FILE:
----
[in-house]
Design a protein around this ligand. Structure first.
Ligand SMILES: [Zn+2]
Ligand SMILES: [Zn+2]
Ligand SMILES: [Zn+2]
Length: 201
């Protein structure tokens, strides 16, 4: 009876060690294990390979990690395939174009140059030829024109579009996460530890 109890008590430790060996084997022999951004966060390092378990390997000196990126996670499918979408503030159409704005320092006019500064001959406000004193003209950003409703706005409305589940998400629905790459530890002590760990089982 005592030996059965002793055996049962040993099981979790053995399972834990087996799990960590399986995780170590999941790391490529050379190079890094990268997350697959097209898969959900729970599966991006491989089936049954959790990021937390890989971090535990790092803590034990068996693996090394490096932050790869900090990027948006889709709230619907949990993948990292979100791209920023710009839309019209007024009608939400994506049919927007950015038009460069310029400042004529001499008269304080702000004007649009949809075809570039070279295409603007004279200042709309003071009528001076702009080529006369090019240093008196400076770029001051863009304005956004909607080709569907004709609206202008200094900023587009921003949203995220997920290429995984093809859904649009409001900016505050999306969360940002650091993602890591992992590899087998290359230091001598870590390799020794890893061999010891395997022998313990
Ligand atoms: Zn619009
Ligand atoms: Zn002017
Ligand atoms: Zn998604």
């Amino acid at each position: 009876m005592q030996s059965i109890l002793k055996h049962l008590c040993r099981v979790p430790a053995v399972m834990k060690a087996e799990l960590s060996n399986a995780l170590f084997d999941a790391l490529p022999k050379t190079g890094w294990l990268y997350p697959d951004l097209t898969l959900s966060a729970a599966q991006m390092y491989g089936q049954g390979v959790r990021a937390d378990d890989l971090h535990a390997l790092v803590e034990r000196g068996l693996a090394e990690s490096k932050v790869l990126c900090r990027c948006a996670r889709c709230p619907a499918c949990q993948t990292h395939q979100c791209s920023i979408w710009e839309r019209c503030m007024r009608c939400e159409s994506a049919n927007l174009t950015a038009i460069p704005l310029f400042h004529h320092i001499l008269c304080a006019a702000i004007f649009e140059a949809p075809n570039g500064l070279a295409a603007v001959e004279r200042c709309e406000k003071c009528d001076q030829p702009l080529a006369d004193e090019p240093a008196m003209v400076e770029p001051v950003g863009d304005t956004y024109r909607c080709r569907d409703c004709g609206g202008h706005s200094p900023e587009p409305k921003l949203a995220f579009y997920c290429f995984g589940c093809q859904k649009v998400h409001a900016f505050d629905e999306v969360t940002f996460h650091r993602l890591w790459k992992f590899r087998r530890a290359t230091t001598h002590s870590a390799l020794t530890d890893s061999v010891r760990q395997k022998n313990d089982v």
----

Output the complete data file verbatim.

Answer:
[in-house]
Design a protein around this ligand. Structure first.
Ligand SMILES: [Zn+2]
Ligand SMILES: [Zn+2]
Ligand SMILES: [Zn+2]
Length: 201
């Protein structure tokens, strides 16, 4: 009876060690294990390979990690395939174009140059030829024109579009996460530890 109890008590430790060996084997022999951004966060390092378990390997000196990126996670499918979408503030159409704005320092006019500064001959406000004193003209950003409703706005409305589940998400629905790459530890002590760990089982 005592030996059965002793055996049962040993099981979790053995399972834990087996799990960590399986995780170590999941790391490529050379190079890094990268997350697959097209898969959900729970599966991006491989089936049954959790990021937390890989971090535990790092803590034990068996693996090394490096932050790869900090990027948006889709709230619907949990993948990292979100791209920023710009839309019209007024009608939400994506049919927007950015038009460069310029400042004529001499008269304080702000004007649009949809075809570039070279295409603007004279200042709309003071009528001076702009080529006369090019240093008196400076770029001051863009304005956004909607080709569907004709609206202008200094900023587009921003949203995220997920290429995984093809859904649009409001900016505050999306969360940002650091993602890591992992590899087998290359230091001598870590390799020794890893061999010891395997022998313990
Ligand atoms: Zn619009
Ligand atoms: Zn002017
Ligand atoms: Zn998604």
């Amino acid at each position: 009876m005592q030996s059965i109890l002793k055996h049962l008590c040993r099981v979790p430790a053995v399972m834990k060690a087996e799990l960590s060996n399986a995780l170590f084997d999941a790391l490529p022999k050379t190079g890094w294990l990268y997350p697959d951004l097209t898969l959900s966060a729970a599966q991006m390092y491989g089936q049954g390979v959790r990021a937390d378990d890989l971090h535990a390997l790092v803590e034990r000196g068996l693996a090394e990690s490096k932050v790869l990126c900090r990027c948006a996670r889709c709230p619907a499918c949990q993948t990292h395939q979100c791209s920023i979408w710009e839309r019209c503030m007024r009608c939400e159409s994506a049919n927007l174009t950015a038009i460069p704005l310029f400042h004529h320092i001499l008269c304080a006019a702000i004007f649009e140059a949809p075809n570039g500064l070279a295409a603007v001959e004279r200042c709309e406000k003071c009528d001076q030829p702009l080529a006369d004193e090019p240093a008196m003209v400076e770029p001051v950003g863009d304005t956004y024109r909607c080709r569907d409703c004709g609206g202008h706005s200094p900023e587009p409305k921003l949203a995220f579009y997920c290429f995984g589940c093809q859904k649009v998400h409001a900016f505050d629905e999306v969360t940002f996460h650091r993602l890591w790459k992992f590899r087998r530890a290359t230091t001598h002590s870590a390799l020794t530890d890893s061999v010891r760990q395997k022998n313990d089982v």